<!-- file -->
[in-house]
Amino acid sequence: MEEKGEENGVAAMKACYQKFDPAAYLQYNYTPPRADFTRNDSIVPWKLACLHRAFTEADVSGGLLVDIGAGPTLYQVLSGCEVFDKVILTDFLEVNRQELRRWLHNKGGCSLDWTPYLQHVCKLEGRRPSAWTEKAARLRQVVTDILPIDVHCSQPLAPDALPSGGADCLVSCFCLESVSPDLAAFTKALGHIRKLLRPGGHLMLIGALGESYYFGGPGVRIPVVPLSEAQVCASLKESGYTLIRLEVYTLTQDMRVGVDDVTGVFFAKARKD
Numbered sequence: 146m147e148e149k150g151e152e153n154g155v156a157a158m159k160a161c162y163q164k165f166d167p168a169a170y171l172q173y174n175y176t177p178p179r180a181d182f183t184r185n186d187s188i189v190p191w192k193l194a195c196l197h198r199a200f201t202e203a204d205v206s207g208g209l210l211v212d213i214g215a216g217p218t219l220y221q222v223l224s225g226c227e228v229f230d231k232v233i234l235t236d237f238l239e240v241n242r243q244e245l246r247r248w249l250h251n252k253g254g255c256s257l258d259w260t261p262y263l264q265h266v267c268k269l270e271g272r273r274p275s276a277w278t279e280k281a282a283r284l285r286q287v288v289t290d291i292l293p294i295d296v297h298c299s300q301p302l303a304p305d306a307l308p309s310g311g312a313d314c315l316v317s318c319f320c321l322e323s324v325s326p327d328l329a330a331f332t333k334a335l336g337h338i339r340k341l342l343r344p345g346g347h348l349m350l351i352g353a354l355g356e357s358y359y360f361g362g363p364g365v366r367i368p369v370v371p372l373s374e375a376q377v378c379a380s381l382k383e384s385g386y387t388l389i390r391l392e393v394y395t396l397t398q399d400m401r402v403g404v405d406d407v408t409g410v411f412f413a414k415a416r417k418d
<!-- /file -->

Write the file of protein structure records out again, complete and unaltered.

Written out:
[in-house]
Amino acid sequence: MEEKGEENGVAAMKACYQKFDPAAYLQYNYTPPRADFTRNDSIVPWKLACLHRAFTEADVSGGLLVDIGAGPTLYQVLSGCEVFDKVILTDFLEVNRQELRRWLHNKGGCSLDWTPYLQHVCKLEGRRPSAWTEKAARLRQVVTDILPIDVHCSQPLAPDALPSGGADCLVSCFCLESVSPDLAAFTKALGHIRKLLRPGGHLMLIGALGESYYFGGPGVRIPVVPLSEAQVCASLKESGYTLIRLEVYTLTQDMRVGVDDVTGVFFAKARKD
Numbered sequence: 146m147e148e149k150g151e152e153n154g155v156a157a158m159k160a161c162y163q164k165f166d167p168a169a170y171l172q173y174n175y176t177p178p179r180a181d182f183t184r185n186d187s188i189v190p191w192k193l194a195c196l197h198r199a200f201t202e203a204d205v206s207g208g209l210l211v212d213i214g215a216g217p218t219l220y221q222v223l224s225g226c227e228v229f230d231k232v233i234l235t236d237f238l239e240v241n242r243q244e245l246r247r248w249l250h251n252k253g254g255c256s257l258d259w260t261p262y263l264q265h266v267c268k269l270e271g272r273r274p275s276a277w278t279e280k281a282a283r284l285r286q287v288v289t290d291i292l293p294i295d296v297h298c299s300q301p302l303a304p305d306a307l308p309s310g311g312a313d314c315l316v317s318c319f320c321l322e323s324v325s326p327d328l329a330a331f332t333k334a335l336g337h338i339r340k341l342l343r344p345g346g347h348l349m350l351i352g353a354l355g356e357s358y359y360f361g362g363p364g365v366r367i368p369v370v371p372l373s374e375a376q377v378c379a380s381l382k383e384s385g386y387t388l389i390r391l392e393v394y395t396l397t398q399d400m401r402v403g404v405d406d407v408t409g410v411f412f413a414k415a416r417k418d